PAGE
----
"One thing about Debbie: I liked her as a person. I liked being over there with her, as opposed to the people I was living with. But I'd only see her three times a week because Debbie's house was so chaotic. There'd be 20 people in there sometimes. You know, all through the house."
In 2002, Lisa and everyone she was living with got busted. She quit using. Went cold turkey.
But she didn't lose her old friends. One druggy stole a cross that belonged to her son. It had enormous sentimental value. Debbie found the religious symbol and returned it to Lisa.
Then, Debbie needed a favor. She had to do a drug screening as part of her probation and wondered if the now-clean Lisa would do it for her.
"I just walked into the [Department of Motor Vehicles] and said I needed a duplicate because I lost my driver's license. They gave me a sheet of paper to fill out, and I put Deborah's address on it. They asked if I wanted the same photo they had on file, and I said, 'No, I'll take a new one.'"
Armed with phony identification, she went into a Treatment Assessment Screening Center for a urine analysis posing as Deborah Braillard.
"I was very nervous. I was talking myself out of it because I kept thinking . . . if my sister finds out. But I did it for her because she was a friend. I just felt bad for her. Plus, she gave me $50."
Press described a scene the rest of the world has a hard time coming to grips with.
"Meth makes you lose weight. Some people, it really affects their skin, their arms. People pick at their face. It messes with your teeth. You don't want to eat. You don't want to sleep. We just straighten things up. I mean, I don't know if you've ever seen a lot of people that do drugs. They collect a lot of things. They collect junk. We'd just organize it and listen to music."
Straight or stoned, Press remembered Jennylee.
"Jennifer would come by to see if her mother was okay. I know they had a good relationship, Deborah and her daughter. I know they were very close. That I do know. Debbie spoke highly of Jennifer."
Jennylee Braillard, daughter
On the evening of January 17, Deborah's daughter arrived at the hospital only to learn that her mom had been awake earlier that same day. But now she was again unconscious.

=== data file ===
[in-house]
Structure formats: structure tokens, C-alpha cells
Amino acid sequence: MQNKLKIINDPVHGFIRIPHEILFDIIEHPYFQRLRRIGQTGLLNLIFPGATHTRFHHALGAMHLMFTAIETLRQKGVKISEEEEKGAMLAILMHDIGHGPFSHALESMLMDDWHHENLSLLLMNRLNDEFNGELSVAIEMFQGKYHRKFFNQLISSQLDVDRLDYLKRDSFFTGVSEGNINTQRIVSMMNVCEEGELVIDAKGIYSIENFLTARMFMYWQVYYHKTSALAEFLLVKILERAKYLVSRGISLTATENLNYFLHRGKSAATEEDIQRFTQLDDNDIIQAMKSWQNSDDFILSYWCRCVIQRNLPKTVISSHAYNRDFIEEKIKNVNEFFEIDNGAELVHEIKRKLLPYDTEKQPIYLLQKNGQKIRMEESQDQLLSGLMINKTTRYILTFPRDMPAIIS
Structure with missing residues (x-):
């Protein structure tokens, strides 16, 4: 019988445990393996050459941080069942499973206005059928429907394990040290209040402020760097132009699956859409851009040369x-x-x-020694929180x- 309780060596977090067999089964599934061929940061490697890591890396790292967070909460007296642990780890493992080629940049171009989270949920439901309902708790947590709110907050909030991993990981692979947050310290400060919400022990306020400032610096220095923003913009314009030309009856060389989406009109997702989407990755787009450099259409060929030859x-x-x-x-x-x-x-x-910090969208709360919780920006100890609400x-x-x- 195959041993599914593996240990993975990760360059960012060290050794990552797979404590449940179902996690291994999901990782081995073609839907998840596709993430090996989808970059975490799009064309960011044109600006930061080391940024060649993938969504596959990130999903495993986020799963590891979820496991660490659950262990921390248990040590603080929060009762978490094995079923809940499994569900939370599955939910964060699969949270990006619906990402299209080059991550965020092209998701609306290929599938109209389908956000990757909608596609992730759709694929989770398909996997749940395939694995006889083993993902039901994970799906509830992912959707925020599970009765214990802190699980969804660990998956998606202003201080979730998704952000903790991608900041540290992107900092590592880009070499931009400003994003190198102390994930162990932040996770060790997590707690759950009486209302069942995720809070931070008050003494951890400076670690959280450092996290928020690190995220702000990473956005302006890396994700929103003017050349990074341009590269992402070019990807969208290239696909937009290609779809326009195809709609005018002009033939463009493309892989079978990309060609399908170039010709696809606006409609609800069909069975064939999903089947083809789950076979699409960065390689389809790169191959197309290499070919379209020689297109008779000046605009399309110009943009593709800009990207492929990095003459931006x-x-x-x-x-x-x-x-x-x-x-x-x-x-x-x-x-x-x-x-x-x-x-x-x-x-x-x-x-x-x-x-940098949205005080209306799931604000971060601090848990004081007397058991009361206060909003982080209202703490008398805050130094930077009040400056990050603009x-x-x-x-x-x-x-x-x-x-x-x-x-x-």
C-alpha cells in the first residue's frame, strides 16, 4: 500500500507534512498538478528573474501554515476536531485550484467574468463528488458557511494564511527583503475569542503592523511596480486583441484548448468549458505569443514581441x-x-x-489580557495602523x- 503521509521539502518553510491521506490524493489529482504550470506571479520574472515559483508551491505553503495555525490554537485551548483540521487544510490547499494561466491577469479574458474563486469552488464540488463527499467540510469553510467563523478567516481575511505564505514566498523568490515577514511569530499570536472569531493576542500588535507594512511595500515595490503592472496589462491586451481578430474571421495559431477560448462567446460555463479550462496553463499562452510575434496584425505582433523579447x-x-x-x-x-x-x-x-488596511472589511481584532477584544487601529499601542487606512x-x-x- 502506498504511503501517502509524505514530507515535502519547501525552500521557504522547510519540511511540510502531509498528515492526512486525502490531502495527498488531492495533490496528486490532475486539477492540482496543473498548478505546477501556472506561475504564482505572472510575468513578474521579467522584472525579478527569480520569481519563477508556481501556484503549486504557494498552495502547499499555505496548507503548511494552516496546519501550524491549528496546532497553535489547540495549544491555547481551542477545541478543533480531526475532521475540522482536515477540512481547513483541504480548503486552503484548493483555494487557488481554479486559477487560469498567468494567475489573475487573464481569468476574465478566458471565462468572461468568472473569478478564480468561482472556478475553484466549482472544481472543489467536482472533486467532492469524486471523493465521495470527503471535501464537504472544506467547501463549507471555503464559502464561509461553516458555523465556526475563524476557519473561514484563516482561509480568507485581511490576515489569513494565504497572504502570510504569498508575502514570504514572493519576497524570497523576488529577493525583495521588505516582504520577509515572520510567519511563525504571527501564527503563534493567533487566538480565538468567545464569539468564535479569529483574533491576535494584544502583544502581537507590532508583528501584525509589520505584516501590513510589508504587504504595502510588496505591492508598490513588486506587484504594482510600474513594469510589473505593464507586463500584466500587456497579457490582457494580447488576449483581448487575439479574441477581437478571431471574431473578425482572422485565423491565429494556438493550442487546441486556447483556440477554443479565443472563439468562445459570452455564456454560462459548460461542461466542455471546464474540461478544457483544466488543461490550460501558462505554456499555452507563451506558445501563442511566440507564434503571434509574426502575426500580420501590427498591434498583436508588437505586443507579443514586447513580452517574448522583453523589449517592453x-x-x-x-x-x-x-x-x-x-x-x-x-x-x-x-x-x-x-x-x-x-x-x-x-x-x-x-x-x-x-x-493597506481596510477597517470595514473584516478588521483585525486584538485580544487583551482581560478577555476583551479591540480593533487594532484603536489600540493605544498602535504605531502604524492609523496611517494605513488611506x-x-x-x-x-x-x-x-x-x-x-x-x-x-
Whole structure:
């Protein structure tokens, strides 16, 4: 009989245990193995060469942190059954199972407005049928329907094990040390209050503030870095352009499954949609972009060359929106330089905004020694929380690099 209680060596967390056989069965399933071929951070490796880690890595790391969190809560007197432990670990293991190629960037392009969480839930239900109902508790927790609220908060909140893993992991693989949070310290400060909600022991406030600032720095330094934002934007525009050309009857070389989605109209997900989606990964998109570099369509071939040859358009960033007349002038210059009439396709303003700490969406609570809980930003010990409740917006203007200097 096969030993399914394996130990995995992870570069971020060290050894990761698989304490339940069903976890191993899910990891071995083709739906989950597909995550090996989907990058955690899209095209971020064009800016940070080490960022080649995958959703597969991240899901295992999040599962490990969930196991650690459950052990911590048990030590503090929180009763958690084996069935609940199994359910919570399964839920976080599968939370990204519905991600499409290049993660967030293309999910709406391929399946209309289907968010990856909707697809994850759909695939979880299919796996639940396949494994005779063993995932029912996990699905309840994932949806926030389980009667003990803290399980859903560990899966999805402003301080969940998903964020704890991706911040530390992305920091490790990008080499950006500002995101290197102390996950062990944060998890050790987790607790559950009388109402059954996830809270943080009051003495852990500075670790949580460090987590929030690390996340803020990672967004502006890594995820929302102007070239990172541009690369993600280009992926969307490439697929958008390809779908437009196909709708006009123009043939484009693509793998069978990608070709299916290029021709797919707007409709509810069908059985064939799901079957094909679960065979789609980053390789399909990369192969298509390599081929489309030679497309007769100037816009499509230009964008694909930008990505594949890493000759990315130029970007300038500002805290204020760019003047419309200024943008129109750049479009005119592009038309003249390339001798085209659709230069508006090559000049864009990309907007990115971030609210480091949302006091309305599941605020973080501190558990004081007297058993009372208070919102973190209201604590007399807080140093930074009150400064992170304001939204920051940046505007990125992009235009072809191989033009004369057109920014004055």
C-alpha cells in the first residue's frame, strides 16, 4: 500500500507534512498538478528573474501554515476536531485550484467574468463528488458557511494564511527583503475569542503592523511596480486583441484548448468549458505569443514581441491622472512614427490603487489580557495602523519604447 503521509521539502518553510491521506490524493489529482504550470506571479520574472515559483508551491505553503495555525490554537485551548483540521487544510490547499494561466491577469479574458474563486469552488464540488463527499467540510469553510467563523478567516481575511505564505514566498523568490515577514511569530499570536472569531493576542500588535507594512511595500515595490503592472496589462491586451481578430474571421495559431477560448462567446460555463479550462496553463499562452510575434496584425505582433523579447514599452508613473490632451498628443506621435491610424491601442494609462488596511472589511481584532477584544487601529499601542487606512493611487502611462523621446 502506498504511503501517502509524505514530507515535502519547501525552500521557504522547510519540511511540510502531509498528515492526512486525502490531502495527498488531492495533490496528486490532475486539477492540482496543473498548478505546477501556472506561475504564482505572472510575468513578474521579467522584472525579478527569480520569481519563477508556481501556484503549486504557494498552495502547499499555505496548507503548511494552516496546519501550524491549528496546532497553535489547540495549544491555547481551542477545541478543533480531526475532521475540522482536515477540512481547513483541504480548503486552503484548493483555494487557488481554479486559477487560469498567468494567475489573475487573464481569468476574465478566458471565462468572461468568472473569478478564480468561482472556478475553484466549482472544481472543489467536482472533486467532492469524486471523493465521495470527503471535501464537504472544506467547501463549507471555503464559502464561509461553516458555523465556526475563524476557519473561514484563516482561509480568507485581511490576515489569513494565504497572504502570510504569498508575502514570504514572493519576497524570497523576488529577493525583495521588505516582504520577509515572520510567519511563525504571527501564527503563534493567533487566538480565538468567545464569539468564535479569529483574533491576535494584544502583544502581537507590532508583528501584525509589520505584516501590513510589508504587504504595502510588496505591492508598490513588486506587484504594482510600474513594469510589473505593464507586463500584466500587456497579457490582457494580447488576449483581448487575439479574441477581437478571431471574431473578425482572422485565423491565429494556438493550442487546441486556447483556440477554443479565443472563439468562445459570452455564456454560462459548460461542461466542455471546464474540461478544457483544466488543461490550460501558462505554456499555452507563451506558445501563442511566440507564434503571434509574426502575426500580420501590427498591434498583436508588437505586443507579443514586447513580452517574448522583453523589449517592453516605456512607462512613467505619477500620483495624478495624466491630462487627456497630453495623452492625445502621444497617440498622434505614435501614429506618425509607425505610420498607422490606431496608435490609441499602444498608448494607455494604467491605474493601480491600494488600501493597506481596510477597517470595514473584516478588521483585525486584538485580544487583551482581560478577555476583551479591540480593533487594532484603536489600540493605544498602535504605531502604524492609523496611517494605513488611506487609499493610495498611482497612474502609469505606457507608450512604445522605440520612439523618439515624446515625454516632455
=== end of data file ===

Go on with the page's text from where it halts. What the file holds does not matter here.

"When I first got there, I took her hand, as I always did, and started talking to her. And she squeezed my hand."
The daughter's world was spinning out of control.
"I couldn't believe they didn't call me. The person I needed to talk to was her."
Dr. Todd Wilcox, former director,
County Health Services
One month before Deborah Braillard was arrested, Dr. Todd Wilcox was hired by Maricopa County to revitalize and reform the clinic dispensing medical care inside Sheriff Joe Arpaio's jail.
This was the medical clinic, according to Arpaio's guards, whose nurses and doctors refused to see inmates who were kicking drugs.
Dr. Wilcox found a rat's nest but not rats.
"The people who work on the line level with CHS . . . want to do a good job. Nobody comes to work wanting to hurt anybody . . . They really want to take care of their patients . . . They are heroes for working within the system."
But the system is a beast.
As long ago as 1996, the U.S. Department of Justice's Civil Rights Division found that Sheriff Joe Arpaio's jails violated the Constitution and that healthcare in them was "seriously deficient."
In 1997, Arpaio's jails were the only county jail, to be investigated by Amnesty International, which condemned the conditions in the sheriff's jails.
Yet not only were the details of the federal legal proceedings withheld from Dr. Wilcox, he was misled as to their import.
"The details of the amended judgment were not reviewed with us and, in fact, the information that was presented to us was that this was pretty much a dead case."
He was not shown the March 25, 1996, letter from the Department of Justice that found that detention officers were not responsive, that inmates were not adequately assessed during intake by personnel with sufficient medical training, and that appointments with healthcare were frequently missed.
He was never shown the 1999 binding agreement between the DOJ and the county regarding unconstitutional healthcare conditions. On page 3 of that letter, the sheriff promised that anybody doing intake screening of inmates would be appropriately trained by CHS. Furthermore, intake screeners would take a look at arrest reports as part of screening. (Braillard's intake deputy had not been trained, did not look at the police report that documented her need for medication, and blew through detailed paperwork. The screening process involved seven different computer screens that had to be individually filled out and saved. Yet Deputy Cindy Rodriguez did it, as noted, in 59 seconds)